It is critical to close financing gaps in HIV and AIDS treatment – Dr Atuahene

Health World Aids Day
World Aids Day

Dr Kyereme Atuahene, Director General of the Ghana AIDS Commission (GAC), has called for an urgent need to close the huge funding gaps in the treatment of HIV and AIDS in the country.

He said for the last two decades, donor funding for HIV and AIDS response in Ghana had reduced from 75 to 33 per cent, creating huge funding gaps, adding that the gaps must be filled domestically so that the progress made would not be reversed.

The Director General was speaking at the media launch of the 2023 World Aids Day to be commemorated on December 1, 2023, on the theme: “Let Communities Lead”.

Twenty years ago, Ghana introduced the treatment of HIV and AIDS with Antiretroviral drugs, which suppresses the viral load of affected persons.

Anti-retroviral therapy (ART) had for the past 20 years saved the lives of thousands of Ghanaians, who otherwise would have suffered untimely deaths, increasing the number of persons on ART from 9,790 in 2020 to 13,539 in 2022.

Dr. Atuahene said despite the progress made, Ghana stood at risk of losing the benefits of scientific advancement in ART if funding for drugs continued to remain hundred per cent donor-dependent.

He said: “In response to this critical need, the government set up the national HIV and AIDS fund to provide adequate funding for the HIV response.

“It is for this reason that the Commission has embarked on a resource mobilisation campaign for individuals and corporate Ghana to donate to the fund,” he said.

Dr Leticia Adelaid Appiah, Executive Director of, National Development Planning Commission (NDPC), said irrespective of the tremendous progress made in responding to the epidemic, HIV and AIDS remained a global health concern, which continued to impact the lives of millions of individuals world wide.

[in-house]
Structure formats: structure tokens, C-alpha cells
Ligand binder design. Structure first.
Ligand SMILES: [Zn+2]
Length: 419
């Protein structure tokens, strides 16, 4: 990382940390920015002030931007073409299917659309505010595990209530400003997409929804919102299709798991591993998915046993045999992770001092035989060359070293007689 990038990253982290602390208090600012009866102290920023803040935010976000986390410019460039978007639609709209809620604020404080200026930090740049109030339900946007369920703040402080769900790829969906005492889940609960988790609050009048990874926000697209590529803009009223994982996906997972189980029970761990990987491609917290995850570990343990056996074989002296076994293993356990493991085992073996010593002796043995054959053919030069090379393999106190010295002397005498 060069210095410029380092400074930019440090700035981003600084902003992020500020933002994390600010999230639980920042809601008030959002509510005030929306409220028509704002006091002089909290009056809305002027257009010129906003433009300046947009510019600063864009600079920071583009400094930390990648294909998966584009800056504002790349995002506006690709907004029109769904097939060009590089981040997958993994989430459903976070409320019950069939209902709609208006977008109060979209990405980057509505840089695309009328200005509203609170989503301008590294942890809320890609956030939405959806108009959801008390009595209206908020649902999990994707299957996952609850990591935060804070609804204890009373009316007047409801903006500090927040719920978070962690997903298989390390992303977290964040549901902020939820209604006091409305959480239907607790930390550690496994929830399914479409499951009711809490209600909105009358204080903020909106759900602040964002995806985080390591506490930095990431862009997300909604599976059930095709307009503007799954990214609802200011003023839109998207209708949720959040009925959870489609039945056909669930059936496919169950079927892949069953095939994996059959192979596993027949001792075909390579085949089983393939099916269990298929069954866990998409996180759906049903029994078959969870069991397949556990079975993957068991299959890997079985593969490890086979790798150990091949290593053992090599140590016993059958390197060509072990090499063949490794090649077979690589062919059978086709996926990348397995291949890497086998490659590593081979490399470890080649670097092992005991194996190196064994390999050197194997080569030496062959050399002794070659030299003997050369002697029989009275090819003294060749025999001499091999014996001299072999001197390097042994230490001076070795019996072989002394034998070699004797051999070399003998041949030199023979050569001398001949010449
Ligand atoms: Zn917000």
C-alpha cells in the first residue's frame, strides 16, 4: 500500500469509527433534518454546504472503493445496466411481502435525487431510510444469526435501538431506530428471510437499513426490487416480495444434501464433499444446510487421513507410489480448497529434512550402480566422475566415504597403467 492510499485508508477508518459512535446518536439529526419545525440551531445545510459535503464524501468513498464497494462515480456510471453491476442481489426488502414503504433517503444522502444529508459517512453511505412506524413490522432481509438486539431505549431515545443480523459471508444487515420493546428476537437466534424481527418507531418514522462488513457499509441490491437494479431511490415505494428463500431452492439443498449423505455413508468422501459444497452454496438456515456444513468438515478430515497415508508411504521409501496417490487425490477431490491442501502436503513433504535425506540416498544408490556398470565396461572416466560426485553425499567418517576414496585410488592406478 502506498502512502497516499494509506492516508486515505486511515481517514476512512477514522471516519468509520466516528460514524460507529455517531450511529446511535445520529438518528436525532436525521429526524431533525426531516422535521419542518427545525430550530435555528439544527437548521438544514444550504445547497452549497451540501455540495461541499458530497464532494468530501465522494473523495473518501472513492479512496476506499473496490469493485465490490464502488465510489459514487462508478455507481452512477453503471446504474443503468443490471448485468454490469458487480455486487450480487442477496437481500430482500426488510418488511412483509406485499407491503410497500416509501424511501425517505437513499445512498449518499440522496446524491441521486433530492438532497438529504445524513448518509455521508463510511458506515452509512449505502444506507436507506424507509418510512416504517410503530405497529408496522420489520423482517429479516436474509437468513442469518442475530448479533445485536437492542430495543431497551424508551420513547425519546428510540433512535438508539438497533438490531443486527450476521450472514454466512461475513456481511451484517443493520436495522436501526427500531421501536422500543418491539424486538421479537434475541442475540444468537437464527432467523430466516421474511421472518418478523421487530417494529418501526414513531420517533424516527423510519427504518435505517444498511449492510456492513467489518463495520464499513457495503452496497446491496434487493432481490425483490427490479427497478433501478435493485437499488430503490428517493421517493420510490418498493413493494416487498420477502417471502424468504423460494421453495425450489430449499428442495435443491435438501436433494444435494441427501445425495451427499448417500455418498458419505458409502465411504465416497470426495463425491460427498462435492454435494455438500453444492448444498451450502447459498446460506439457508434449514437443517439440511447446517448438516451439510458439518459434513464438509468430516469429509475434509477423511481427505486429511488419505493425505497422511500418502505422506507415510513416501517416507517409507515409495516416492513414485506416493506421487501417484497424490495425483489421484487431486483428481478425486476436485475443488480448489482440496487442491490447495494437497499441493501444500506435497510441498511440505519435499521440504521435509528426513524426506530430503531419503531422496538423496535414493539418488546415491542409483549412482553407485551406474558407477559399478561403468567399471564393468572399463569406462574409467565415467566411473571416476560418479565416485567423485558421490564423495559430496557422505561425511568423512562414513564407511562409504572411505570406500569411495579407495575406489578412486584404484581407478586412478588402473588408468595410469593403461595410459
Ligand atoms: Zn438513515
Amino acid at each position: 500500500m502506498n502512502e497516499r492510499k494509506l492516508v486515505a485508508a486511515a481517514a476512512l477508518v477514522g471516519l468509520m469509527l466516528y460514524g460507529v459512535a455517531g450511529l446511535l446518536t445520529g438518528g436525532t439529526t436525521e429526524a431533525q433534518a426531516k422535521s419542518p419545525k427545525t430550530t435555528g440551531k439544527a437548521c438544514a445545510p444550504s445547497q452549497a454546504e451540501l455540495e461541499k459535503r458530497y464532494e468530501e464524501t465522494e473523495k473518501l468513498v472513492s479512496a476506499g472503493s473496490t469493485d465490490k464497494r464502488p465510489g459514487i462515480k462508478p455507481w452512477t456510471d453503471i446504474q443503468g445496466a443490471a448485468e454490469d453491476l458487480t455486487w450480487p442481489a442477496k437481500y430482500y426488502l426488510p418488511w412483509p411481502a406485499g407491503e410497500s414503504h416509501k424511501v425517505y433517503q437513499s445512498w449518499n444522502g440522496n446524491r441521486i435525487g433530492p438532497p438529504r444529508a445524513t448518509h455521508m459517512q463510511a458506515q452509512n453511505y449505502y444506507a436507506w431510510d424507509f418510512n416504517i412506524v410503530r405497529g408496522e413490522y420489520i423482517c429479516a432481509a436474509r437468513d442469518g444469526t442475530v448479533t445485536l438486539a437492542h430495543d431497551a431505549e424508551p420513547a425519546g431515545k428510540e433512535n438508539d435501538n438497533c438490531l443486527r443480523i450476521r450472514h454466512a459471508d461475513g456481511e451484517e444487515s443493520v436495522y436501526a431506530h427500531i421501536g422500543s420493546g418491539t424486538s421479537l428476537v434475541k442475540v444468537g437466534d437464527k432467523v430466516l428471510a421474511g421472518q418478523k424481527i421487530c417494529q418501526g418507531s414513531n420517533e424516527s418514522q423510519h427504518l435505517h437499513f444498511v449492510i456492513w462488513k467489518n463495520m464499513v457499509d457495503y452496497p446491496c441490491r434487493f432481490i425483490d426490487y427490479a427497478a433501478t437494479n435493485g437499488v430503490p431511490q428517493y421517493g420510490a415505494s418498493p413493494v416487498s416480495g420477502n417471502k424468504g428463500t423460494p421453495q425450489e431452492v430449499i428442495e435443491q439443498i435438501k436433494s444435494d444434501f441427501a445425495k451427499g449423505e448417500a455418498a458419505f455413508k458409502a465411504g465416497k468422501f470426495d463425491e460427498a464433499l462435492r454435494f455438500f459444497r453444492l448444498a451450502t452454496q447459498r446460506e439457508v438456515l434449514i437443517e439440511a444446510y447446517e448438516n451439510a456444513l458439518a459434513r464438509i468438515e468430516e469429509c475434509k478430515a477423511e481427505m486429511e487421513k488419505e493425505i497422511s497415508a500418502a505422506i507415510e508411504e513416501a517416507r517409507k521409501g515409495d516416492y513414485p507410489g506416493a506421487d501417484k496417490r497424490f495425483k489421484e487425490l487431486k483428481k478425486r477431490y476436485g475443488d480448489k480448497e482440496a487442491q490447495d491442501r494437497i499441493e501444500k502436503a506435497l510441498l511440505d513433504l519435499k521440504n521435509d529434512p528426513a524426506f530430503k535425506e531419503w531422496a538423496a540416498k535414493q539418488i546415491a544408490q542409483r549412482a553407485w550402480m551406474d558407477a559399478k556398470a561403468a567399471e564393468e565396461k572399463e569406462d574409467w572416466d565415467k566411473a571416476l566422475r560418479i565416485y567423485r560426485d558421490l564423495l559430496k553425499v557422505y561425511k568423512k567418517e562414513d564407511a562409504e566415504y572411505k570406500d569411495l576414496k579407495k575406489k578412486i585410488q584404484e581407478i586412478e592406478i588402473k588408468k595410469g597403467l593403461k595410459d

She said HIV response was a whole societal approach and each one had a role to play.

Dr Appiah said: “Let us remember that while we have control over our choices, we do not have control over the consequences of those choices, it is, therefore, essential that we empower communities with adequate information knowledge, expertise, a sense of duty, responsibility and resources to make the decisions that will be beneficial to them and society as a whole.”

Dr Kweku Afriyie, Executive Oversight Minister, Ghana AIDS Commission, and Minister for Environment, Science, Technology and Innovation, said Ghana was lagging in the achievement of the United Nations (UN) 95-95-95 treatment target by the year 2025 and on the path to ending AIDS by 2030.

He said the government recognised stigmatisation and discrimination experienced by people living with HIV as an impediment in the collective efforts to render HIV and AIDS a normal ailment and working to address it.

He added that “ending HIV/ AIDS is possible and it is within our grasp if we allow communities to lead with the right resources and support and commended all stakeholders, local and international, for their diverse roles in HIV and AIDS national response.

Mrs Linda Asante-Agyei, Vice President, Ghana Journalists Association (GJA), said for communities to lead in action, it was necessary to empower the media with accurate information to help the communities achieve the targets.

She said: “If communities will have to lead the agenda, then it means they have to be empowered and would need the role of the media to do this.

“Our doors are widely open, we will continue to support the GAC and stakeholders to succeed in this fight, we have done it before and we will continue doing it, all we need is for you to open your doors to us whenever we come to you looking for information.”

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